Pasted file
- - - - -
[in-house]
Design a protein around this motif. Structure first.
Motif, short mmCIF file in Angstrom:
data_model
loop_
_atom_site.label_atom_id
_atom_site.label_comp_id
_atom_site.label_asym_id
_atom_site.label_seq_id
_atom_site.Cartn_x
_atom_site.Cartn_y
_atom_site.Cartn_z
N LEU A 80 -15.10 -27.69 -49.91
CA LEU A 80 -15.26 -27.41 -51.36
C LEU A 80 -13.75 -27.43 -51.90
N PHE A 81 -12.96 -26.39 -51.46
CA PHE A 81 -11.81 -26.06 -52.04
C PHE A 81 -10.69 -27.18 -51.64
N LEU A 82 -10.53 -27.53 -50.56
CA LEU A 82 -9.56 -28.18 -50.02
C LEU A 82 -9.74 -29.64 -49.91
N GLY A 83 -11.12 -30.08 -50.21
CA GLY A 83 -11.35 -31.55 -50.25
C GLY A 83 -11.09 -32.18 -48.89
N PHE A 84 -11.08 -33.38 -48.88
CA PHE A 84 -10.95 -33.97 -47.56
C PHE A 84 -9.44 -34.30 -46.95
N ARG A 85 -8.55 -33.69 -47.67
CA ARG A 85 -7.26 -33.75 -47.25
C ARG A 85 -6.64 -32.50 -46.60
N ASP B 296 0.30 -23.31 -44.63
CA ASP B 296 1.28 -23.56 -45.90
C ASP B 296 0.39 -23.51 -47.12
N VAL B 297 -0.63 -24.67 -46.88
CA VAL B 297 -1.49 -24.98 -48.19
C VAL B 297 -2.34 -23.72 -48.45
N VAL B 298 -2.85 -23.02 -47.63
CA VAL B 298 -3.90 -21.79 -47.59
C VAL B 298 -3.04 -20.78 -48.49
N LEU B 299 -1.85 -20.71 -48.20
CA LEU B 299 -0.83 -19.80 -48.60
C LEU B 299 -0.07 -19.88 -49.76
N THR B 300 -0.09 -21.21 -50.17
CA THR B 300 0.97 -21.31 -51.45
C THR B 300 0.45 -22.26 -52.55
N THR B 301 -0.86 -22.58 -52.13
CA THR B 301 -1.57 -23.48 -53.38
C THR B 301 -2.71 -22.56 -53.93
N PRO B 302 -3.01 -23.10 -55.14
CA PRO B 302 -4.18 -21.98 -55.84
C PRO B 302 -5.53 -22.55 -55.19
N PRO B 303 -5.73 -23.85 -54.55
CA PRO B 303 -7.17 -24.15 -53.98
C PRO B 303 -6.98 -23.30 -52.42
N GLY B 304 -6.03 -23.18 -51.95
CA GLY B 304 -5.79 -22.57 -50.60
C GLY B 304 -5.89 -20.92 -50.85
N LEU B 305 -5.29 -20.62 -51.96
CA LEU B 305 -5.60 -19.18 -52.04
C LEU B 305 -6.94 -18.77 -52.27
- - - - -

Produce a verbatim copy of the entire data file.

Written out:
[in-house]
Design a protein around this motif. Structure first.
Motif, short mmCIF file in Angstrom:
data_model
loop_
_atom_site.label_atom_id
_atom_site.label_comp_id
_atom_site.label_asym_id
_atom_site.label_seq_id
_atom_site.Cartn_x
_atom_site.Cartn_y
_atom_site.Cartn_z
N LEU A 80 -15.10 -27.69 -49.91
CA LEU A 80 -15.26 -27.41 -51.36
C LEU A 80 -13.75 -27.43 -51.90
N PHE A 81 -12.96 -26.39 -51.46
CA PHE A 81 -11.81 -26.06 -52.04
C PHE A 81 -10.69 -27.18 -51.64
N LEU A 82 -10.53 -27.53 -50.56
CA LEU A 82 -9.56 -28.18 -50.02
C LEU A 82 -9.74 -29.64 -49.91
N GLY A 83 -11.12 -30.08 -50.21
CA GLY A 83 -11.35 -31.55 -50.25
C GLY A 83 -11.09 -32.18 -48.89
N PHE A 84 -11.08 -33.38 -48.88
CA PHE A 84 -10.95 -33.97 -47.56
C PHE A 84 -9.44 -34.30 -46.95
N ARG A 85 -8.55 -33.69 -47.67
CA ARG A 85 -7.26 -33.75 -47.25
C ARG A 85 -6.64 -32.50 -46.60
N ASP B 296 0.30 -23.31 -44.63
CA ASP B 296 1.28 -23.56 -45.90
C ASP B 296 0.39 -23.51 -47.12
N VAL B 297 -0.63 -24.67 -46.88
CA VAL B 297 -1.49 -24.98 -48.19
C VAL B 297 -2.34 -23.72 -48.45
N VAL B 298 -2.85 -23.02 -47.63
CA VAL B 298 -3.90 -21.79 -47.59
C VAL B 298 -3.04 -20.78 -48.49
N LEU B 299 -1.85 -20.71 -48.20
CA LEU B 299 -0.83 -19.80 -48.60
C LEU B 299 -0.07 -19.88 -49.76
N THR B 300 -0.09 -21.21 -50.17
CA THR B 300 0.97 -21.31 -51.45
C THR B 300 0.45 -22.26 -52.55
N THR B 301 -0.86 -22.58 -52.13
CA THR B 301 -1.57 -23.48 -53.38
C THR B 301 -2.71 -22.56 -53.93
N PRO B 302 -3.01 -23.10 -55.14
CA PRO B 302 -4.18 -21.98 -55.84
C PRO B 302 -5.53 -22.55 -55.19
N PRO B 303 -5.73 -23.85 -54.55
CA PRO B 303 -7.17 -24.15 -53.98
C PRO B 303 -6.98 -23.30 -52.42
N GLY B 304 -6.03 -23.18 -51.95
CA GLY B 304 -5.79 -22.57 -50.60
C GLY B 304 -5.89 -20.92 -50.85
N LEU B 305 -5.29 -20.62 -51.96
CA LEU B 305 -5.60 -19.18 -52.04
C LEU B 305 -6.94 -18.77 -52.27